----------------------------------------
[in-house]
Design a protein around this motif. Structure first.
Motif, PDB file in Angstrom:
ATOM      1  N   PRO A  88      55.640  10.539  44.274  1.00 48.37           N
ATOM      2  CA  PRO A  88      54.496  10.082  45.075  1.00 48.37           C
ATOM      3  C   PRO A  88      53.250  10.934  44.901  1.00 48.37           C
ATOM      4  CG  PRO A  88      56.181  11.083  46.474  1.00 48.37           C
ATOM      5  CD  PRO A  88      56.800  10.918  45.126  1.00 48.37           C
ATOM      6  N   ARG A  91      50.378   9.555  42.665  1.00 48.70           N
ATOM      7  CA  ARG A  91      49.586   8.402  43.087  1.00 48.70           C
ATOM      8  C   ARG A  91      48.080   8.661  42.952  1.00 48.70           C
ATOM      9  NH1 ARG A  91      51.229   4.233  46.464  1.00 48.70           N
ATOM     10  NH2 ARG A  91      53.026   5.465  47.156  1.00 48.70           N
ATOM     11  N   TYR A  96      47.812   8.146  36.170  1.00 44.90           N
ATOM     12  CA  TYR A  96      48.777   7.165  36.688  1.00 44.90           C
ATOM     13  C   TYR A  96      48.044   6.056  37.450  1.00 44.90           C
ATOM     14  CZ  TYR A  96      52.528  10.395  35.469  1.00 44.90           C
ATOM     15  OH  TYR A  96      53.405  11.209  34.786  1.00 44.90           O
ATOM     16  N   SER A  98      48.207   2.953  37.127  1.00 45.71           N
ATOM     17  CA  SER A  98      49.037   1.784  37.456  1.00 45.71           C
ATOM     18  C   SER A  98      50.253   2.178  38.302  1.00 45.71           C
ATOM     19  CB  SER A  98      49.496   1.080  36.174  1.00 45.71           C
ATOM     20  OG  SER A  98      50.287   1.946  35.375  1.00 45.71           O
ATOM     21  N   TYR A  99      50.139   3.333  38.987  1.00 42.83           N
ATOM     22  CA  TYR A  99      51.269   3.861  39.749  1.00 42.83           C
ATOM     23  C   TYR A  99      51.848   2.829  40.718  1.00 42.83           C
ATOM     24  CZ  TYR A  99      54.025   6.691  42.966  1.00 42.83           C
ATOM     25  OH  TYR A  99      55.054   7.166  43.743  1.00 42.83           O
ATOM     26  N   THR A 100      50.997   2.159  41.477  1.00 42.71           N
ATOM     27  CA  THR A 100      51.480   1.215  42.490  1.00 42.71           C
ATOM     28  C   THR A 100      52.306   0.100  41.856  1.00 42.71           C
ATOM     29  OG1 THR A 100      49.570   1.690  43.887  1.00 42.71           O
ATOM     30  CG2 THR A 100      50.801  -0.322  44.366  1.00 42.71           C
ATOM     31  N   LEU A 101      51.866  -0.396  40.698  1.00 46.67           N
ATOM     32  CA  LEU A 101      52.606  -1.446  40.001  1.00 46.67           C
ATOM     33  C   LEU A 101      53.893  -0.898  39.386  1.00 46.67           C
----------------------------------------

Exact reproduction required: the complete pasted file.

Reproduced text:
[in-house]
Design a protein around this motif. Structure first.
Motif, PDB file in Angstrom:
ATOM      1  N   PRO A  88      55.640  10.539  44.274  1.00 48.37           N
ATOM      2  CA  PRO A  88      54.496  10.082  45.075  1.00 48.37           C
ATOM      3  C   PRO A  88      53.250  10.934  44.901  1.00 48.37           C
ATOM      4  CG  PRO A  88      56.181  11.083  46.474  1.00 48.37           C
ATOM      5  CD  PRO A  88      56.800  10.918  45.126  1.00 48.37           C
ATOM      6  N   ARG A  91      50.378   9.555  42.665  1.00 48.70           N
ATOM      7  CA  ARG A  91      49.586   8.402  43.087  1.00 48.70           C
ATOM      8  C   ARG A  91      48.080   8.661  42.952  1.00 48.70           C
ATOM      9  NH1 ARG A  91      51.229   4.233  46.464  1.00 48.70           N
ATOM     10  NH2 ARG A  91      53.026   5.465  47.156  1.00 48.70           N
ATOM     11  N   TYR A  96      47.812   8.146  36.170  1.00 44.90           N
ATOM     12  CA  TYR A  96      48.777   7.165  36.688  1.00 44.90           C
ATOM     13  C   TYR A  96      48.044   6.056  37.450  1.00 44.90           C
ATOM     14  CZ  TYR A  96      52.528  10.395  35.469  1.00 44.90           C
ATOM     15  OH  TYR A  96      53.405  11.209  34.786  1.00 44.90           O
ATOM     16  N   SER A  98      48.207   2.953  37.127  1.00 45.71           N
ATOM     17  CA  SER A  98      49.037   1.784  37.456  1.00 45.71           C
ATOM     18  C   SER A  98      50.253   2.178  38.302  1.00 45.71           C
ATOM     19  CB  SER A  98      49.496   1.080  36.174  1.00 45.71           C
ATOM     20  OG  SER A  98      50.287   1.946  35.375  1.00 45.71           O
ATOM     21  N   TYR A  99      50.139   3.333  38.987  1.00 42.83           N
ATOM     22  CA  TYR A  99      51.269   3.861  39.749  1.00 42.83           C
ATOM     23  C   TYR A  99      51.848   2.829  40.718  1.00 42.83           C
ATOM     24  CZ  TYR A  99      54.025   6.691  42.966  1.00 42.83           C
ATOM     25  OH  TYR A  99      55.054   7.166  43.743  1.00 42.83           O
ATOM     26  N   THR A 100      50.997   2.159  41.477  1.00 42.71           N
ATOM     27  CA  THR A 100      51.480   1.215  42.490  1.00 42.71           C
ATOM     28  C   THR A 100      52.306   0.100  41.856  1.00 42.71           C
ATOM     29  OG1 THR A 100      49.570   1.690  43.887  1.00 42.71           O
ATOM     30  CG2 THR A 100      50.801  -0.322  44.366  1.00 42.71           C
ATOM     31  N   LEU A 101      51.866  -0.396  40.698  1.00 46.67           N
ATOM     32  CA  LEU A 101      52.606  -1.446  40.001  1.00 46.67           C
ATOM     33  C   LEU A 101      53.893  -0.898  39.386  1.00 46.67           C